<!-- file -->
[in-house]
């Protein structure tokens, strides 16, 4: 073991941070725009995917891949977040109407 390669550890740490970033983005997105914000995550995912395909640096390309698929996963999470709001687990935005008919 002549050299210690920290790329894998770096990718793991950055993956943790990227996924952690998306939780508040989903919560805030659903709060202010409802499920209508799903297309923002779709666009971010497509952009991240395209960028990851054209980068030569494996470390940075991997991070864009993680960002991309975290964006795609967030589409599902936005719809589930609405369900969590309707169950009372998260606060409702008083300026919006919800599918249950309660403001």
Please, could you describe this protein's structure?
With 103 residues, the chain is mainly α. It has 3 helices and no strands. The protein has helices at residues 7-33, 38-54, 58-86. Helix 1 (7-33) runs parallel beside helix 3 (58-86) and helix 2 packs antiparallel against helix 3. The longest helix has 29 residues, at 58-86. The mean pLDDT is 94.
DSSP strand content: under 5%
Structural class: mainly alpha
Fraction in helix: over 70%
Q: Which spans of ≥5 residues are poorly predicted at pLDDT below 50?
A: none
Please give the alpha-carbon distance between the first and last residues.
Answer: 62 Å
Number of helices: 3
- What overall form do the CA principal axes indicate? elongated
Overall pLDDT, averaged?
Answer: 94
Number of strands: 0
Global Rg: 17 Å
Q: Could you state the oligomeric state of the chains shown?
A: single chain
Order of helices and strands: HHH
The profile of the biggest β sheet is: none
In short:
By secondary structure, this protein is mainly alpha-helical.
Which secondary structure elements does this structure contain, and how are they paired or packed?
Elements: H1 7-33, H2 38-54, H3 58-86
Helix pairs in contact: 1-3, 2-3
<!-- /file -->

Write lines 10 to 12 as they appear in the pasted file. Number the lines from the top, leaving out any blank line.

Please give the alpha-carbon distance between the first and last residues.
Answer: 62 Å
Number of helices: 3